The aircraft maintenance facilities that Burns & McDonnell designs and constructs are leaner, more efficient, more environmentally friendly and more technologically advanced.
If an airline passenger were to make a list of all the things that make an airport experience great, the maintenance hangar wouldn’t even appear as a footnote. But these critical facilities play a key role in every passenger’s travel.
Today’s air travel environment is leaner. Capacity and schedule reductions magnify every travel problem. There are fewer options for rerouting, so fleet reliability is paramount.
While passengers never see maintenance operations in action, these critical functions ensure the reliable dispatch of the aircraft that take them to their destinations. The leaner operating models of today’s airline include condensed aircraft maintenance services and facilities that reliably support the flight operation. These support departments also must minimize facility development and operating costs.
The aircraft maintenance facilities that Burns & McDonnell designs and constructs are also leaner, more efficient, more environmentally friendly and more technologically advanced. New aviation facility design is focused on customizing space for specific support functions, replacing the cavernous, open hangars of the past.
While line maintenance hangars remain large, open buildings that serve the off-schedule maintenance needs of the airline, heavy maintenance and overhaul operations demand facilities designed for precise operations. Hangar designs for heavy maintenance include buildings that are more compact, focused on support of the work docks and equipment to provide efficient overhaul operations. New equipment technologies contribute to shorter turn times for aircraft in maintenance.
In addition to accommodating the required work functions, the facility must operate efficiently, conserve energy and respect the environment. New fire protection technologies save facility development costs. High expansion foam fire suppression systems reduce water required to suppress hangar fires. That reduced water demand reduces the piping and equipment to supply that water. Chemicals used in suppression systems are also more environmentally friendly and, as a result, do not require expensive retention basins and controls.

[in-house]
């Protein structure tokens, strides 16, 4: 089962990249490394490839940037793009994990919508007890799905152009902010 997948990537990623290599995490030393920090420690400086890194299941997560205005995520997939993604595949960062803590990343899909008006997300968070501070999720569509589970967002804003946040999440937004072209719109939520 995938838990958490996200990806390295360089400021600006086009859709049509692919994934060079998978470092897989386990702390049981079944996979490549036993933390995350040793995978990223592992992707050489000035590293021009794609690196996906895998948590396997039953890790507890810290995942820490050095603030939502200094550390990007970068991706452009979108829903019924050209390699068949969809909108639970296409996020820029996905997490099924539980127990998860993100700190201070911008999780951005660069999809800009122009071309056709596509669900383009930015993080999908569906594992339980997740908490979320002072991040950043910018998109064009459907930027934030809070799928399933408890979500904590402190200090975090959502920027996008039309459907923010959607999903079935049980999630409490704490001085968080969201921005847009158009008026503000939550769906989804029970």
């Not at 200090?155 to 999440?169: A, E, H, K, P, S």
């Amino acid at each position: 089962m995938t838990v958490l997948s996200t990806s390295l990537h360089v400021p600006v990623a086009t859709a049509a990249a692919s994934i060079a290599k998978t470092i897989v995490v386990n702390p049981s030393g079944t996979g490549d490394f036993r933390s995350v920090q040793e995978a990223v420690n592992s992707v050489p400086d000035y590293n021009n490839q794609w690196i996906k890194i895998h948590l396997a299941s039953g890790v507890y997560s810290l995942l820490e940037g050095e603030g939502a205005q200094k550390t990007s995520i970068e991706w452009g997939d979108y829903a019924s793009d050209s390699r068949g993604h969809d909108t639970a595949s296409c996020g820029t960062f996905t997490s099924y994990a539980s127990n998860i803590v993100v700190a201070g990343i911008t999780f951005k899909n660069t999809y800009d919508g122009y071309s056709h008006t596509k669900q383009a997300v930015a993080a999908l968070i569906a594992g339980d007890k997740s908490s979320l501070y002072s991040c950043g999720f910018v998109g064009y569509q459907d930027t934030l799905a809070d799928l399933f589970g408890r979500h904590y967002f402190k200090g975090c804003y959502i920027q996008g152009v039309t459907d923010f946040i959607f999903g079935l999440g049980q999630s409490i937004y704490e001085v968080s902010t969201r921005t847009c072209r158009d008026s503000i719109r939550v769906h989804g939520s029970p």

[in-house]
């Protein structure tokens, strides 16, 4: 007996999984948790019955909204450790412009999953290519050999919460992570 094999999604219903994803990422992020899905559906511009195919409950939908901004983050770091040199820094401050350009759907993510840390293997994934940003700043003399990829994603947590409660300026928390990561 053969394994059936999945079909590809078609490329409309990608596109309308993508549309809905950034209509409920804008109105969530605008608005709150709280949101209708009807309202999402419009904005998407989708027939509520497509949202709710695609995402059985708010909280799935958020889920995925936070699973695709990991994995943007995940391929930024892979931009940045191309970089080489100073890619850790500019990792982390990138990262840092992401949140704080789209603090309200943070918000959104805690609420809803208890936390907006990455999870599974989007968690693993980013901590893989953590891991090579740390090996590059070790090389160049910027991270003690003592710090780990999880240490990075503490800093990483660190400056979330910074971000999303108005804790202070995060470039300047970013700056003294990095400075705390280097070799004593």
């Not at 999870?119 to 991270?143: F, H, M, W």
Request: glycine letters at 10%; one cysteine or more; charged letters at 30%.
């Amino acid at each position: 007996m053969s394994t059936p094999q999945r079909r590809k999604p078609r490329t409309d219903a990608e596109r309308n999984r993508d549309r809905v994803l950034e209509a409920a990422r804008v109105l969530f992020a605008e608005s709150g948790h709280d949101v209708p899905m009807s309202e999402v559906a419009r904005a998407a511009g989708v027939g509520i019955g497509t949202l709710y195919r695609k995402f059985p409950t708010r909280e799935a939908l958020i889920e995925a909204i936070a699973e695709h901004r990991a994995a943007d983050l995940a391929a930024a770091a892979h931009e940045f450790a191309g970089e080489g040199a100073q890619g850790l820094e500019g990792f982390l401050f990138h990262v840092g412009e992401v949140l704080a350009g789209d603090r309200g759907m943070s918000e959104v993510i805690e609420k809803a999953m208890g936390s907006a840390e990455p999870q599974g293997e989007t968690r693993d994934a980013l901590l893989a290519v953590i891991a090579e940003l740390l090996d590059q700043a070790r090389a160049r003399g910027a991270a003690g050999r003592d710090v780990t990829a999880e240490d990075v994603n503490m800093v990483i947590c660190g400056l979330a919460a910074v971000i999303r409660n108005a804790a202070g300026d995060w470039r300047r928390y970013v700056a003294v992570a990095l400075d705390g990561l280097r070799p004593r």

New developments in energy efficiency — such as cleaning and recirculating exhaust air from aircraft painting operations — dramatically reduce energy consumption in paint hangars. Similar advances have been made in water systems for industrial settings. For example, in the Boeing Shanghai Airlines hangar at Shanghai Pudong International Airport, aircraft wash water is recycled, and environmentally safe detergents have less impact on the waste stream.
Hangars are notoriously leaky when it comes to sealing air in or out. Because giant hangar doors must open an entire wall for aircraft entry and exit, effective sealing of the door perimeter is difficult. New hangar door designs provide effective seals that conserve conditioned air and block infiltration of dust, rain and snow.
The Work Environment
The scale of a hangar provides vast wall and roof areas ideal for bringing daylight into the workplace. With appropriate controls for heat gain and loss, daylighting can dramatically reduce the need for artificial lighting. Advanced designs for insulated, translucent wall and roof panels bring natural light into the space, while controlling heat gain in the summer and heat loss in the winter. In Shanghai, as on most sites, building orientation helps control heat factors. Atriums in office spaces also increase the available natural light.
While the maintenance hangar is invisible to the public, it plays an essential role in every traveler’s experience. A hangar that works efficiently and allows crews to work effectively helps place the right aircraft at the gate, on time, day after day.